Think about this: given that both MOSFETs should be "OFF" when not oscillating, but with the functioning circuit remaining within the design constraints of a Mazilli-type design, could you modify the design to work with, say, a temporary pushbutton that could get the oscillator started? And a circuit that, if it stopped oscillating under load, would allow the gate drive to drift to zero?



I don't think there is the remote possibility of both MOSFETs smoking. When one turns on it immediately turns the other off, they can't be on at the same time.
They can't be both off, either. When not oscillating, one is on and the other is off, and it doesn't switch.

The way to get is restarted is for the feedbackloop to have a gain larger than 1 at the desired frequency so that any noise of the frequency will get amplified.
The other way to prevent latchup is to detect latchup either by checking how long the MOSFETs turn on or how hot the thing gets. Although if used with large power supplies, you'd be already too late when it feels hot.
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[*] posted on 25-10-2014 at 21:50


Quote: Originally posted by seilgu  

I don't think there is the remote possibility of both MOSFETs smoking. When one turns on it immediately turns the other off, they can't be on at the same time.
They can't be both off, either. When not oscillating, one is on and the other is off, and it doesn't switch.


It depends a lot on the ratio of FET "ON" resistance to the tank coil DC resistance. If this ratio is high, then when not oscillating the voltage on both drains will be about equal. If the circuit latches up with one driver off (like you mentioned), then the winding resistance of the tank coil is relatively high (especially since the supply is limited to 3A).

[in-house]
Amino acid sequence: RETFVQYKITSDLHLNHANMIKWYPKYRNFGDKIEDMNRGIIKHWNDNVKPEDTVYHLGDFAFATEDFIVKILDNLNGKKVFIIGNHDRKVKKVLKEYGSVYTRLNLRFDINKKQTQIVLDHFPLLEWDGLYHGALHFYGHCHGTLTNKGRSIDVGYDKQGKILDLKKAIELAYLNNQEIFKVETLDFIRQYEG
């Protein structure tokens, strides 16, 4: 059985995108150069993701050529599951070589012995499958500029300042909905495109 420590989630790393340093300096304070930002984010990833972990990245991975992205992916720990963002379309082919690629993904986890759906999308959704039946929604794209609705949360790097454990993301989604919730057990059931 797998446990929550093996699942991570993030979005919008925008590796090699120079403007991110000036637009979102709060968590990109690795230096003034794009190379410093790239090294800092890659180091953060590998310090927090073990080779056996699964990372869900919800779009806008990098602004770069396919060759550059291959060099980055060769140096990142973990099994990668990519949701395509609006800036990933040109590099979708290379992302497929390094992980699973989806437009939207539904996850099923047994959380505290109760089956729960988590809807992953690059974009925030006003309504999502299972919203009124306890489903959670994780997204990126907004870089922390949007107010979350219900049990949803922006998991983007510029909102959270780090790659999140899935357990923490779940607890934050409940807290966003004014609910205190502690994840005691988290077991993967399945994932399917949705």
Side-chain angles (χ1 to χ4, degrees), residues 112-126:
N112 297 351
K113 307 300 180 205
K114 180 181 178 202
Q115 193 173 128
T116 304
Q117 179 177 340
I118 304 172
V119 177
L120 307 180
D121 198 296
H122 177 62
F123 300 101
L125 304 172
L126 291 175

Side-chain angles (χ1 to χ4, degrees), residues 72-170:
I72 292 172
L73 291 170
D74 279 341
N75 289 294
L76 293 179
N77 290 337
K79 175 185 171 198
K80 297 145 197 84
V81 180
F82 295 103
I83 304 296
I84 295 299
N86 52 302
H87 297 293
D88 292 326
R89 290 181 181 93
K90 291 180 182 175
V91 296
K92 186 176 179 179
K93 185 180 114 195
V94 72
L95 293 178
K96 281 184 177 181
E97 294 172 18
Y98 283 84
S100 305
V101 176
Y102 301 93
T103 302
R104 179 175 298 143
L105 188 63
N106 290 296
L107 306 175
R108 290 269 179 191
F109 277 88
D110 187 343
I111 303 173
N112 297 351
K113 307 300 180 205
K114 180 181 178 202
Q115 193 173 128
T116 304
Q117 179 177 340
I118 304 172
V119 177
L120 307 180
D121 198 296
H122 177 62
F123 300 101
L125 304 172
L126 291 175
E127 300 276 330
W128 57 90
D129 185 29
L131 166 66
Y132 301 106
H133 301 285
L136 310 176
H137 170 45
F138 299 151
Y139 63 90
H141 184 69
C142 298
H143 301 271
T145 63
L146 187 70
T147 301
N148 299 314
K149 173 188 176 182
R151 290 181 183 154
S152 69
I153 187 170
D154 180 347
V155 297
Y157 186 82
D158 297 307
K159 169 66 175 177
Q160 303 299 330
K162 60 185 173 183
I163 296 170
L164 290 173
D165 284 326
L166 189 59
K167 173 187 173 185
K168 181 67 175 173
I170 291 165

If I understand your previous posts correctly, the power supply goes into current limiting at 3A, supplying 3V when the circuit is latched up. This would imply that there are about 2 ohms DC resistance across the whole winding. Can you measure it?

Quote: Originally posted by seilgu  

The way to get is restarted is for the feedbackloop to have a gain larger than 1 at the desired frequency so that any noise of the frequency will get amplified.
The other way to prevent latchup is to detect latchup either by checking how long the MOSFETs turn on or how hot the thing gets. Although if used with large power supplies, you'd be already too late when it feels hot.


Yes, loop gain greater than +1 is needed for oscillation at the frequency of interest, but when the drivers latch up, the FETs are no longer operating in a linear range. At that point there is practically no small-signal amplification. Thermal noise won't be enough to get it going.

If you want to try getting this to work, I would suggest as a first step to decrease the tank winding resistance enough that both FETs turn on when the circuit is not oscillating, and the drain voltages are approximately equal. Second, add two small inductors in series with either side of the tank coil, with a small percentage of the overall reactance. Thirdly, make sure that none of the magnetics are saturating with your 3A supply.

I'm getting tired enough right now that I am beginning to hallucinate that chipmunks are telling me what to write. That must mean that I need to go to bed.
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[*] posted on 18-2-2016 at 13:02


So I've been working on a zvs driver myself. Finally decided to put together parts that I bought a few years back not sure if they are all in the same category of power consumption for the proper circuit. Parts are as follows: mosfet- IRFP250N, fast diode- UF4007, zen diode- 1N-5349B, 1uF MKP10 cap 1000-600~, 5w 470 ohm, 1/4w 10k ohm,